Contrary to what we've been told, eliminating or severely limiting fats from the diet may not be beneficial to cardiac function in patients suffering from heart failure, a study at Case Western Reserve University School of Medicine reports.
Results from biological model studies conducted by assistant professor of physiology and biophysics Margaret Chandler, PhD, and other researchers, demonstrate that a high-fat diet improved overall mechanical function, in other words, the heart's ability to pump, and was accompanied by cardiac insulin resistance.
"Does that mean I can go out and eat my Big Mac after I have a heart attack," Dr. Chandler says "No, but treatments that act to provide sufficient energy to the heart and allow the heart to utilize or to maintain its normal metabolic profile may actually be advantageous."
The research, published in American Journal of Physiology-Heart and Circulatory Physiology, suggests that for a damaged heart, a balanced diet that includes mono- and polyunsaturated fats, and which replaces simple sugars (sucrose and fructose) with complex carbohydrates, may be beneficial.
In a healthy person, the heart uses both fats and carbohydrates to obtain the energy it needs to continue pumping blood 24/7. Ideally, fats are utilized because they yield more energy. However, if a person develops heart failure (or suffers from ischemia a lack of blood supply), the heart seems to prefer using glucose for fuel, because glucose requires less oxygen to produce energy.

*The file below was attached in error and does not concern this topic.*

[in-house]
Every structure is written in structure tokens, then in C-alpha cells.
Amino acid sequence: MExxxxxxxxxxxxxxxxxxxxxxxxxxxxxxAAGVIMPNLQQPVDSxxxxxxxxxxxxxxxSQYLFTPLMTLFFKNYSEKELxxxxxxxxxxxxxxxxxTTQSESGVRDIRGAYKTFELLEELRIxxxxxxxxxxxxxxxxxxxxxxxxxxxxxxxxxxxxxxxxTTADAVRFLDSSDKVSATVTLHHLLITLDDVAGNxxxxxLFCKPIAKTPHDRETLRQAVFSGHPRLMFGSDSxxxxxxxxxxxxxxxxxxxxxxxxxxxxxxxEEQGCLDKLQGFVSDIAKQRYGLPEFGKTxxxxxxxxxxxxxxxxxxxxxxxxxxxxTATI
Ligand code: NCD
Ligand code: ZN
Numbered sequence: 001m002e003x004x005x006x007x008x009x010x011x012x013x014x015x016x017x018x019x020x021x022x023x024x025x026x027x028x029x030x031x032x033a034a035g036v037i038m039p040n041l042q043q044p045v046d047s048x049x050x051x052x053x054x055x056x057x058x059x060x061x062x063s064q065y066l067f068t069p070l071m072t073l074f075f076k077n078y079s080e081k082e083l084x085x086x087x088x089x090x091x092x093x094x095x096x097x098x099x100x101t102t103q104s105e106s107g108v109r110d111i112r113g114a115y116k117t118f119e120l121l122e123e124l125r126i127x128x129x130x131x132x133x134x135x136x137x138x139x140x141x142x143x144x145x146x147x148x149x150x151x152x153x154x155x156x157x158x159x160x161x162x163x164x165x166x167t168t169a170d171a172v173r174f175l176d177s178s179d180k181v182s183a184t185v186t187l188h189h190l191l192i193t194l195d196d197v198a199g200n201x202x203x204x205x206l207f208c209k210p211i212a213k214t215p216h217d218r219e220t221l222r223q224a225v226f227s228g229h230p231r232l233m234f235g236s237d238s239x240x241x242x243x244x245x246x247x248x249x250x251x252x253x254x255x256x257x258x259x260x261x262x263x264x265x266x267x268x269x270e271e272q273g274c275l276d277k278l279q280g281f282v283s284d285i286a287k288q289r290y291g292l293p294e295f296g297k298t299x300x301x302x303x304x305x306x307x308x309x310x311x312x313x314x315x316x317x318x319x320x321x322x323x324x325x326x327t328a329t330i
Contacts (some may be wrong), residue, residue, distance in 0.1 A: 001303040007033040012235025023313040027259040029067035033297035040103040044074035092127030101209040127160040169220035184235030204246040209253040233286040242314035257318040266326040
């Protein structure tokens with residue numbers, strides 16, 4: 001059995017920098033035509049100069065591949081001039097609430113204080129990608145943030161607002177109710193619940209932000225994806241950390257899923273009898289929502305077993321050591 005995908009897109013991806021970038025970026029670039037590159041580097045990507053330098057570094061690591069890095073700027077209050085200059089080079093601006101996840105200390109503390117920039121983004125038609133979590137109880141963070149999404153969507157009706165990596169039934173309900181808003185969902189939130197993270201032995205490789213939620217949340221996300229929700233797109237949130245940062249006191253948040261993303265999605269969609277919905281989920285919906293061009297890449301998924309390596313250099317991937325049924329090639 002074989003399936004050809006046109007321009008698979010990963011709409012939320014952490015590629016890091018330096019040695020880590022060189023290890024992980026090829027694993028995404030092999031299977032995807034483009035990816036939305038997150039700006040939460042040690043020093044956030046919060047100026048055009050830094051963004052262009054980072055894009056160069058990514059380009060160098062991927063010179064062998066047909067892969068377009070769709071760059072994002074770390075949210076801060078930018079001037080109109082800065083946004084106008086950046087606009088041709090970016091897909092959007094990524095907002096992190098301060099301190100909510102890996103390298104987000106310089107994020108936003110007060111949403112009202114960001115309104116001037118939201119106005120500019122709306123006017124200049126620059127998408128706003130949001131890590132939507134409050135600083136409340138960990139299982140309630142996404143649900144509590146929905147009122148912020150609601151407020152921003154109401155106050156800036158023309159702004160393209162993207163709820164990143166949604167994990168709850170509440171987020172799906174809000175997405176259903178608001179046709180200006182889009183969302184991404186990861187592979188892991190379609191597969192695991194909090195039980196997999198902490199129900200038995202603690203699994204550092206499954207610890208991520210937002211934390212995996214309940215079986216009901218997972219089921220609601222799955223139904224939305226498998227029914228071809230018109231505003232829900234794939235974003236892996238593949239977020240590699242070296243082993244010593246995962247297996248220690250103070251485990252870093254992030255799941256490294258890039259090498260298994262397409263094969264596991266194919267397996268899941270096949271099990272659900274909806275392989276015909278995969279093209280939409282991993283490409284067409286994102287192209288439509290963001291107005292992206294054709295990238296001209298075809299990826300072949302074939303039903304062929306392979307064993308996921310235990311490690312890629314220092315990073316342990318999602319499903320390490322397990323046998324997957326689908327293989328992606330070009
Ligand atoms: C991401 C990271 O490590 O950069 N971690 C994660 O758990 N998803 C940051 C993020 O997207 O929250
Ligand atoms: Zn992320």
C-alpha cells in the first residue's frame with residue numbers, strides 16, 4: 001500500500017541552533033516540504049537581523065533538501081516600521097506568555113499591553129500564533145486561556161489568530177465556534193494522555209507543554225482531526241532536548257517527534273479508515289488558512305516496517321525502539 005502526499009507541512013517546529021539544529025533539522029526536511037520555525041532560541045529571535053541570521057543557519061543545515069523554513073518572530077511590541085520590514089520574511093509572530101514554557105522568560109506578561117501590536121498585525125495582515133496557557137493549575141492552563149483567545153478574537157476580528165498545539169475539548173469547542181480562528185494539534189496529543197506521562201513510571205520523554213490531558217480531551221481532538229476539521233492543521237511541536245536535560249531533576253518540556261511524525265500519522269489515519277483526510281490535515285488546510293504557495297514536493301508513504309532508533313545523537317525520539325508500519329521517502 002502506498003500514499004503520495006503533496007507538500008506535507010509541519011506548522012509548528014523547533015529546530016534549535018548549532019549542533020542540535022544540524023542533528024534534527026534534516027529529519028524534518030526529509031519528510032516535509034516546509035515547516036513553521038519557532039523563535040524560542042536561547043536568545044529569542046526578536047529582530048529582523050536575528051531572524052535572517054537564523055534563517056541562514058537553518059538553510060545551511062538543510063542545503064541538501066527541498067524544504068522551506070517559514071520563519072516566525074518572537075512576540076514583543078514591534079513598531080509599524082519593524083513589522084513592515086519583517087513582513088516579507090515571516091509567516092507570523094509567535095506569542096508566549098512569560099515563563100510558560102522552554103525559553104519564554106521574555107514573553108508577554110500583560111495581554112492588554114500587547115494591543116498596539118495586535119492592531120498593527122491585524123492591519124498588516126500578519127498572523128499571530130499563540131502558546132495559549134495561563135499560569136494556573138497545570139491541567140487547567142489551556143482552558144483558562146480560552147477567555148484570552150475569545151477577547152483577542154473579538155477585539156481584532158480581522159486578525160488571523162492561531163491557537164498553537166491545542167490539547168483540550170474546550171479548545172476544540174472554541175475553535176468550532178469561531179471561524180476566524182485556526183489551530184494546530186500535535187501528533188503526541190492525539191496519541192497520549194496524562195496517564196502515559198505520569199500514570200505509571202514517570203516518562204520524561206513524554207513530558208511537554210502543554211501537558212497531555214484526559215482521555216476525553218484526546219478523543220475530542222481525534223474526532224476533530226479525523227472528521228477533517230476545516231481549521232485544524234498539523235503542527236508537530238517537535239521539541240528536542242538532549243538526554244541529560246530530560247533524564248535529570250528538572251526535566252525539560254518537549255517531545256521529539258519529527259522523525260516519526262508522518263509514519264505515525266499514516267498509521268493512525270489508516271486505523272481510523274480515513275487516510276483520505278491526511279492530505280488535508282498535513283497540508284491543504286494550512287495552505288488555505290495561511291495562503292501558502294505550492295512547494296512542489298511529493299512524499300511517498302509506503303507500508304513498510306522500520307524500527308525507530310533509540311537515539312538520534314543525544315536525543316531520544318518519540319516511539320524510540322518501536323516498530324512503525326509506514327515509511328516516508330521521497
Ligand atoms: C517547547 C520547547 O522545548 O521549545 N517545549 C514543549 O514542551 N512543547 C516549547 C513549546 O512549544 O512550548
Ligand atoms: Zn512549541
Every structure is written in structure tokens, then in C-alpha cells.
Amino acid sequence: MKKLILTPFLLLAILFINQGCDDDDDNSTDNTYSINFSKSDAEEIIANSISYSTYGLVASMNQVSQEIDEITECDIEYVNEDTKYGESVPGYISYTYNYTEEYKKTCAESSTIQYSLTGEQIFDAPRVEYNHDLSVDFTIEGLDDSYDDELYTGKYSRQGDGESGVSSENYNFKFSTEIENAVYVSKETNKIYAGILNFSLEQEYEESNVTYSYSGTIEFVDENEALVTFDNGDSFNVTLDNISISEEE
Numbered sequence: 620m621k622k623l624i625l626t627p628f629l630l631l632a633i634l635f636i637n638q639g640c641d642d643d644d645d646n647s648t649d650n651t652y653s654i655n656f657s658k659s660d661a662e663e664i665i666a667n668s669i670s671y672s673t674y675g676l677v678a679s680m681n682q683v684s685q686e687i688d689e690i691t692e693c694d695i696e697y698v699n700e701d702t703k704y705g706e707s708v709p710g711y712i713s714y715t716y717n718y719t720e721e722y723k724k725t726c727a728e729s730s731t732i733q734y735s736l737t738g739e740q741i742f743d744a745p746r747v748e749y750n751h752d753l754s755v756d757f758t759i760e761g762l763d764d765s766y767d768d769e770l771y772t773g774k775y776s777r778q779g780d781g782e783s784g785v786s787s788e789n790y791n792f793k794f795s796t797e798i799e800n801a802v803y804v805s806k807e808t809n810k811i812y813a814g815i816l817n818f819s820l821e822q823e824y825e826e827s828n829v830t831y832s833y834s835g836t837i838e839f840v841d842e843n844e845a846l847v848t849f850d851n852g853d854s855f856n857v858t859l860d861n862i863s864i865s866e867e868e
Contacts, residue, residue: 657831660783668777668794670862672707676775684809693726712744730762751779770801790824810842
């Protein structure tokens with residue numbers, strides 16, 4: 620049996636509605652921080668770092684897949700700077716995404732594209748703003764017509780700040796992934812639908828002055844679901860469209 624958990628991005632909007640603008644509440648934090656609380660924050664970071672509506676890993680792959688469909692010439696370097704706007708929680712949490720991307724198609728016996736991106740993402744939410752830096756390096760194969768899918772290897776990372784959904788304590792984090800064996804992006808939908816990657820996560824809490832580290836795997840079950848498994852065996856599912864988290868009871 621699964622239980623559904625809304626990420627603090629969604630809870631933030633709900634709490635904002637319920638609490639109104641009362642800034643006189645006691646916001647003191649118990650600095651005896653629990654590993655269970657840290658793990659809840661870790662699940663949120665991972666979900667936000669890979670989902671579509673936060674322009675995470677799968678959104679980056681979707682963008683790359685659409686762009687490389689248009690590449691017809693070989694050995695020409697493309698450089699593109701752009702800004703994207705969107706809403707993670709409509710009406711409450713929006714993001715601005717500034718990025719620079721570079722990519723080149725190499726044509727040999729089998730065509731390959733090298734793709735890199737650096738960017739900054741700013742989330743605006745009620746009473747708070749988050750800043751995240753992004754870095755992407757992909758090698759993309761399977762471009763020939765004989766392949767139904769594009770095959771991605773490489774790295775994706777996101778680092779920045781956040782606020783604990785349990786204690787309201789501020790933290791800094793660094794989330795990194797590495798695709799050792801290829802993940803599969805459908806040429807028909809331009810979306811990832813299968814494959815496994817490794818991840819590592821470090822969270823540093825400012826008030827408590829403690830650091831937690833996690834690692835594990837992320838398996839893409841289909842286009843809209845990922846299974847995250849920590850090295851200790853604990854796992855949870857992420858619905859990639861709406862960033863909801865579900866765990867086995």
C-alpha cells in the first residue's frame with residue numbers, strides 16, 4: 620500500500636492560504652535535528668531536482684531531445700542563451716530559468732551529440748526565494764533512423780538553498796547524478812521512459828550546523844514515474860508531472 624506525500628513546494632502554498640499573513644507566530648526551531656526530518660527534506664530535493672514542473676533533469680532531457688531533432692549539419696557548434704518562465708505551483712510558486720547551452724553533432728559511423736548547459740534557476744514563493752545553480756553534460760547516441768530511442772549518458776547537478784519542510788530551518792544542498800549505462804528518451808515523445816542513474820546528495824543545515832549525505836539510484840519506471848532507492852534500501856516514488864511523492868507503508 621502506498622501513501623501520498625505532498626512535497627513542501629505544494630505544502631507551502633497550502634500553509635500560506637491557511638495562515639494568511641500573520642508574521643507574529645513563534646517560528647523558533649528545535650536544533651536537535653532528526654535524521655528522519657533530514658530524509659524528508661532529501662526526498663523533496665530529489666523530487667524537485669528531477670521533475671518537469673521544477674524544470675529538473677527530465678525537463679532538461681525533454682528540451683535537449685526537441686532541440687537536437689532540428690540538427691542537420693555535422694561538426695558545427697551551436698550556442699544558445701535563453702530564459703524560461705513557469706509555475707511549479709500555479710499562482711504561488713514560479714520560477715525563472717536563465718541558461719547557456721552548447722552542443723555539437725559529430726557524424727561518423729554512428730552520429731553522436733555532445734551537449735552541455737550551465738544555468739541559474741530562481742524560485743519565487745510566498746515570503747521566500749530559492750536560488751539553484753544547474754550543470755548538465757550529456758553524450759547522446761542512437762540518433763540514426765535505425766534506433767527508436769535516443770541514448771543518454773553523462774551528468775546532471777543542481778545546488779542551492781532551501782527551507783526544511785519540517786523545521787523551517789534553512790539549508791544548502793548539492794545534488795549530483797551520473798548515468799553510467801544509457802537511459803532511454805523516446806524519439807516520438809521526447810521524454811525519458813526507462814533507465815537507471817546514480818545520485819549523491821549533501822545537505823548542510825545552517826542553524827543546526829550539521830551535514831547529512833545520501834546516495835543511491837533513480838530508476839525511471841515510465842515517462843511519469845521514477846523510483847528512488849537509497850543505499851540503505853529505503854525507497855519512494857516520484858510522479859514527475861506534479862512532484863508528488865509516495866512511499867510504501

While heart disease remains the leading cause of death in the United States, more people are surviving heart attacks that ever before. Survivors though pay a price for this improved survival, living with a damaged heart that usually progresses to heart failure. And unfortunately, medications and procedures have yet to "cure" heart failure, or halt the deterioration of heart function.
Upon initiation of these dietary interv
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Case Western Reserve University